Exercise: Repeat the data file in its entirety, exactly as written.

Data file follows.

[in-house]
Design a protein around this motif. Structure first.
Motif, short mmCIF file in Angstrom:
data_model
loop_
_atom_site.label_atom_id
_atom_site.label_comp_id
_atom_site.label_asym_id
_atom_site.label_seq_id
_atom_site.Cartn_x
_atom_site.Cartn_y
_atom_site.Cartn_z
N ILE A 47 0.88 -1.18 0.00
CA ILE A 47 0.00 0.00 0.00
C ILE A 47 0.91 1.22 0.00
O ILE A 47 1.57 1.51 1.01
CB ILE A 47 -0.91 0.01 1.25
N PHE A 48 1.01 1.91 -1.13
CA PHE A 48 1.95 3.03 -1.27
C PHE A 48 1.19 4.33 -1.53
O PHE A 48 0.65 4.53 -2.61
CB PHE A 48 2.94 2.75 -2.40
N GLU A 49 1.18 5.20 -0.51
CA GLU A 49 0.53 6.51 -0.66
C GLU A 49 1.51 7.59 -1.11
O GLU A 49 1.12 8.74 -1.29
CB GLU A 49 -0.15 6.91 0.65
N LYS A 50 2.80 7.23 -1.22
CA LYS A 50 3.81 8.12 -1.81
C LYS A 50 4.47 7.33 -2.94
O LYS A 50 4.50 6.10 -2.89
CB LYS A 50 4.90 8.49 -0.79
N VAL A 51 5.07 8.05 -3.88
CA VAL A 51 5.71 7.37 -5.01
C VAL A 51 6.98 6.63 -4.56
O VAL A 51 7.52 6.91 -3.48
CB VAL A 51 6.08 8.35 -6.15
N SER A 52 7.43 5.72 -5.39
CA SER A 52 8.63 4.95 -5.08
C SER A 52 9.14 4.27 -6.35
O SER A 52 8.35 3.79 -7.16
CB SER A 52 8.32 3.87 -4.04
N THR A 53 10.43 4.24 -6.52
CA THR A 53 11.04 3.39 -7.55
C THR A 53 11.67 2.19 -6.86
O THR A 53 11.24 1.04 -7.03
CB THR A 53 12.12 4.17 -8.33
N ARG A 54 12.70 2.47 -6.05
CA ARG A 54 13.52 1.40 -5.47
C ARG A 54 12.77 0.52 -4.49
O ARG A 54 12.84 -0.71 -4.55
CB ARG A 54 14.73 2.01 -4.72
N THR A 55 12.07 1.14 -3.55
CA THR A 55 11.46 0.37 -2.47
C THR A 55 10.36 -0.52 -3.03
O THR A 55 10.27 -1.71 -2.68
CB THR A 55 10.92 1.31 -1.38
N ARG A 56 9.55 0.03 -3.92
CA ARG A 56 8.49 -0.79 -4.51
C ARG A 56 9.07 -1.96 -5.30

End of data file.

[in-house]
Design a protein around this motif. Structure first.
Motif, short mmCIF file in Angstrom:
data_model
loop_
_atom_site.label_atom_id
_atom_site.label_comp_id
_atom_site.label_asym_id
_atom_site.label_seq_id
_atom_site.Cartn_x
_atom_site.Cartn_y
_atom_site.Cartn_z
N ILE A 47 0.88 -1.18 0.00
CA ILE A 47 0.00 0.00 0.00
C ILE A 47 0.91 1.22 0.00
O ILE A 47 1.57 1.51 1.01
CB ILE A 47 -0.91 0.01 1.25
N PHE A 48 1.01 1.91 -1.13
CA PHE A 48 1.95 3.03 -1.27
C PHE A 48 1.19 4.33 -1.53
O PHE A 48 0.65 4.53 -2.61
CB PHE A 48 2.94 2.75 -2.40
N GLU A 49 1.18 5.20 -0.51
CA GLU A 49 0.53 6.51 -0.66
C GLU A 49 1.51 7.59 -1.11
O GLU A 49 1.12 8.74 -1.29
CB GLU A 49 -0.15 6.91 0.65
N LYS A 50 2.80 7.23 -1.22
CA LYS A 50 3.81 8.12 -1.81
C LYS A 50 4.47 7.33 -2.94
O LYS A 50 4.50 6.10 -2.89
CB LYS A 50 4.90 8.49 -0.79
N VAL A 51 5.07 8.05 -3.88
CA VAL A 51 5.71 7.37 -5.01
C VAL A 51 6.98 6.63 -4.56
O VAL A 51 7.52 6.91 -3.48
CB VAL A 51 6.08 8.35 -6.15
N SER A 52 7.43 5.72 -5.39
CA SER A 52 8.63 4.95 -5.08
C SER A 52 9.14 4.27 -6.35
O SER A 52 8.35 3.79 -7.16
CB SER A 52 8.32 3.87 -4.04
N THR A 53 10.43 4.24 -6.52
CA THR A 53 11.04 3.39 -7.55
C THR A 53 11.67 2.19 -6.86
O THR A 53 11.24 1.04 -7.03
CB THR A 53 12.12 4.17 -8.33
N ARG A 54 12.70 2.47 -6.05
CA ARG A 54 13.52 1.40 -5.47
C ARG A 54 12.77 0.52 -4.49
O ARG A 54 12.84 -0.71 -4.55
CB ARG A 54 14.73 2.01 -4.72
N THR A 55 12.07 1.14 -3.55
CA THR A 55 11.46 0.37 -2.47
C THR A 55 10.36 -0.52 -3.03
O THR A 55 10.27 -1.71 -2.68
CB THR A 55 10.92 1.31 -1.38
N ARG A 56 9.55 0.03 -3.92
CA ARG A 56 8.49 -0.79 -4.51
C ARG A 56 9.07 -1.96 -5.30